House set to hold vote on bill striking down Biden’s EV push: ‘Radical and unattainable’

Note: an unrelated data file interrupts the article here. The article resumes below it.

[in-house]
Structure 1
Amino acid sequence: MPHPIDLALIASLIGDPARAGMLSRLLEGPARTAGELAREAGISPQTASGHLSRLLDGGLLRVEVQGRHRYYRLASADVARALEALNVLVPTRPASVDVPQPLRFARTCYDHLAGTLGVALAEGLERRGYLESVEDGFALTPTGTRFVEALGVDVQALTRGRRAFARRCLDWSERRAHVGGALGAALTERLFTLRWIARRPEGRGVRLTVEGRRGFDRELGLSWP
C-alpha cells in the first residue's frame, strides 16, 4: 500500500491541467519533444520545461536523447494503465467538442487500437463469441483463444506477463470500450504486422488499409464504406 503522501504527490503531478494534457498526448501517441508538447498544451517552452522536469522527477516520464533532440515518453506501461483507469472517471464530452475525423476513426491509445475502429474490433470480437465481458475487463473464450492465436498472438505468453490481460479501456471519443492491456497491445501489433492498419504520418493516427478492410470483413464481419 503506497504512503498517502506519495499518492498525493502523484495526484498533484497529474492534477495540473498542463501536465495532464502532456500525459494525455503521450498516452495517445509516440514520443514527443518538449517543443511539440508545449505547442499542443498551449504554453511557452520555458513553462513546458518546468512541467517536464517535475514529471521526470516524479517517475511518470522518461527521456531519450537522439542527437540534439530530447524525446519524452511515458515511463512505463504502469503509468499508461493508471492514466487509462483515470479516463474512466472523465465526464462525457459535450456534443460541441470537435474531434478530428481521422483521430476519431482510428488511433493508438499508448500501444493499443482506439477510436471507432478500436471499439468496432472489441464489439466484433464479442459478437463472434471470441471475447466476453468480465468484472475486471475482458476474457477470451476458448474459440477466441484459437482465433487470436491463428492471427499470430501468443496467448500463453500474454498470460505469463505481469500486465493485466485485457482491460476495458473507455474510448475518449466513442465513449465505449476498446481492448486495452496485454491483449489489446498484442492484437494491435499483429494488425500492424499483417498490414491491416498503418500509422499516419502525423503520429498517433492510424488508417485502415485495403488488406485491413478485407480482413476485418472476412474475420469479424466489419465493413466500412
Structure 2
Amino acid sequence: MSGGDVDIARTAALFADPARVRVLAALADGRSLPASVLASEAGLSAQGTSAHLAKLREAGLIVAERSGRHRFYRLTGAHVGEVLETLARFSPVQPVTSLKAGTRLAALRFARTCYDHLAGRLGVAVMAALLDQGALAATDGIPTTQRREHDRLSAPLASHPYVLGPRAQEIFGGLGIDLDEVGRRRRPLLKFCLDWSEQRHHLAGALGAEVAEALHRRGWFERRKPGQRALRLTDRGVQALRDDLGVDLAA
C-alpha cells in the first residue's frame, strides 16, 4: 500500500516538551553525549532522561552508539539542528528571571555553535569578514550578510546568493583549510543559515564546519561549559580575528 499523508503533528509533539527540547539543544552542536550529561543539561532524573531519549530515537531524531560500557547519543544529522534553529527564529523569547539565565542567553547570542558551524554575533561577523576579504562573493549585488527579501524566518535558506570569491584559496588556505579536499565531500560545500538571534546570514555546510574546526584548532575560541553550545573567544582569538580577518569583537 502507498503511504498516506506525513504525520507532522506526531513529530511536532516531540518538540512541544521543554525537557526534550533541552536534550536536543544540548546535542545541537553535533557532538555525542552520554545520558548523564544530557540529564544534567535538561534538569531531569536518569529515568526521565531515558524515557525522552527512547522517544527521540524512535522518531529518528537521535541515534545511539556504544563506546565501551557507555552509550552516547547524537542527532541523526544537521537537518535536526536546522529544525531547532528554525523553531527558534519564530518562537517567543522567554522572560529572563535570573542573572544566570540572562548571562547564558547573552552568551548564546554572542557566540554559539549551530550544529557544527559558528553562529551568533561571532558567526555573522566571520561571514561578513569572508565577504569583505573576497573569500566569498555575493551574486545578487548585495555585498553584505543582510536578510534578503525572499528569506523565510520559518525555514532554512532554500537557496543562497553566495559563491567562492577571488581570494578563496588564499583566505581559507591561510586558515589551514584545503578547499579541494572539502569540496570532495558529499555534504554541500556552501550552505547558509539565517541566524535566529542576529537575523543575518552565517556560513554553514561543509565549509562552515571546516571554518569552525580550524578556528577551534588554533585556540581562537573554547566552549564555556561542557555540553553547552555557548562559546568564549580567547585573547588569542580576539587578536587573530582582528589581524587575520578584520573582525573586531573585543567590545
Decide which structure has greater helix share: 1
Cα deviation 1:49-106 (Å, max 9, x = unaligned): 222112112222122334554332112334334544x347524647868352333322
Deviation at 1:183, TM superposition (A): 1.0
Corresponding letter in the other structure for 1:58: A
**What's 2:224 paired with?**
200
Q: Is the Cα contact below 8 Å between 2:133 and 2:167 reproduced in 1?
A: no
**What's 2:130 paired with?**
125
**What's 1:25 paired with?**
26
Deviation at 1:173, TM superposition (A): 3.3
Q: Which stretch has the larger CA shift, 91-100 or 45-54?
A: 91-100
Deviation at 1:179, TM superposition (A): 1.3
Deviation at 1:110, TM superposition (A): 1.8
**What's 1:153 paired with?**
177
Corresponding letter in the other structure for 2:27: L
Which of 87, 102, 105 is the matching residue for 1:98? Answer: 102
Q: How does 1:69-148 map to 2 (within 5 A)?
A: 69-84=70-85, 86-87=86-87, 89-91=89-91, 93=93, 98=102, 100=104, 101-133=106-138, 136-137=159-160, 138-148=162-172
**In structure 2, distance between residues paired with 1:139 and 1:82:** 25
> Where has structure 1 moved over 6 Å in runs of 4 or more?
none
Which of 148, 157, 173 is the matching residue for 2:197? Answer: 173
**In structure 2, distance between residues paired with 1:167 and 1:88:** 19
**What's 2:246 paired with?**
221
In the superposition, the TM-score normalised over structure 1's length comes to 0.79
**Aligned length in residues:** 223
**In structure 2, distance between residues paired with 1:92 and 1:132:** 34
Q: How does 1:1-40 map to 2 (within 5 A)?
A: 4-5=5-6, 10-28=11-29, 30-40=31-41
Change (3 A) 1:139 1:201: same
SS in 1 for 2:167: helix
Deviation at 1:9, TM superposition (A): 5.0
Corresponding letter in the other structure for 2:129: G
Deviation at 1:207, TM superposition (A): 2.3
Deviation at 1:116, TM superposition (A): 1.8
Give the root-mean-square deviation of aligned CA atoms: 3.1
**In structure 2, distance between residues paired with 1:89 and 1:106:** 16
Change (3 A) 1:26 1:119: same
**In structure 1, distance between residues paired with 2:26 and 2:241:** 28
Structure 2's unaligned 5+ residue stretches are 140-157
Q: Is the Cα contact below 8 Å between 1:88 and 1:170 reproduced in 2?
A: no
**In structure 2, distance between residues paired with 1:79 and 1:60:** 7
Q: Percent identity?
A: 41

FIRST ON FOX: The House is expected to hold a floor vote this week on legislation that would strike down pending federal regulations targeting gas-powered vehicles and prohibit any future electric vehicle (EV) mandate. The Choice in Automobile Retail Sales (CARS) Act – introduced over the summer by Reps. Tim Walberg, R-Mich., and Andrew Clyde, R-Ga. – will be considered by the House Rules Committee on Monday before officially receiving a floor vote as soon as Tuesday. If the bill is passed, it would then be voted on by the Senate, where Republicans and Democratic Sen. Joe Manchin recently introduced companion legislation. “The House must pass the Choice in Automobile Retail Sales Act to block a radical and unattainable federal EV mandate that will cripple our auto industry and forever make our supply chain reliant on China,” Walberg told Fox News Digital on Monday. “The American auto industry is at its best when they are free to innovate and listen to the will of consumers, and not constrained by bureaucracy.”  “If this mandate goes into effect, many American families will be priced out of the market, and we will cede leadership of this industry to China,” he continued. “Instead, we must prioritize affordability, innovation and freedom for each family to decide what car is best for them.” MARCO RUBIO LEADS EFFORT TO BLOCK CLEAN ENERGY CREDITS FROM AUTOMAKERS THAT OFFSHORE JOBS Walberg and Clyde, along with more than a dozen other House Republicans, introduced the legislation months after the EPA proposed its most aggressive tailpipe emissions ever. If the rule is finalized, a staggering 67% of new sedan, crossover, SUV and light truck; up to 50% of bus and garbage truck; 35% of short-haul freight tractor; and 25% of long-haul freight tractor purchases could be electric by 2032, the White House projected. If the CARS Act is implemented, it would block the EPA regulations, which are part of the Biden administration’s broader effort to expand EV adoption in the U.S. and fight global warming by curbing carbon emissions. FORD DRAMATICALLY SCALES BACK EV PLANT AMID PLUMMETING SALES IN BLOW TO BIDEN’S GREEN ENERGY GOALS In addition to blocking the proposed tailpipe emissions regulations, the CARS Act would prohibit regulations mandating the use of any specific technology or regulations that limit the availability of new vehicles based on engine type. The legislation would additionally require the EPA to update any regulations that limit new vehicles based on engine type within two years. “Aggressive, EV-only mandates take away consumer choice, stifle investment in alternate emission reduction opportunities, and benefit foreign adversaries like China with substantially more emission-intensive manufacturing than the United States,” Heather Reams, the president of Citizens for Responsible Energy Solutions, a right-leaning environmental nonprofit, told Fox News Digital. “CRES is proud to support Rep. Walberg’s CARS Act because it prohibits the Biden administration from imposing aggressive and unrealistic emissions standards on American consumers, so we can apply an all-of-the-above approach to the transportation sector and reward emission abatement instead of EV purchases,” Reams said. Since the Biden administration proposed the tailpipe emissions rules, which would impact car model years 2027 through 2032, Republicans and energy experts have blasted the actions. They have argued EVs are costly, less efficient and more dependent on Chinese supply chains than traditional gas-powered cars. According to Cox Automotive data, factoring in generous tax credits, the average transaction price for electric cars was $53,469 as of July 2023 while the average price of gas-powered vehicles was $48,334. And the Department of Energy reported that the average range of model year 2021 gasoline vehicles was 403 miles compared to the median 234-mile range of model year 2021 EVs. The EPA’s tailpipe regulations are coupled with a series of other actions pursued by the Biden administration targeting gas-powered cars. The Department of Transportation’s National Highway Traffic Safety Administration proposed aggressive fuel economy regulations earlier this year that automakers have warned would lead to billions of dollars in penalties, costs that would be passed on to consumers. The CARS Act has been endorsed by energy industry groups, including the American Petroleum Institute and American Fuel & Petrochemical Manufacturers.
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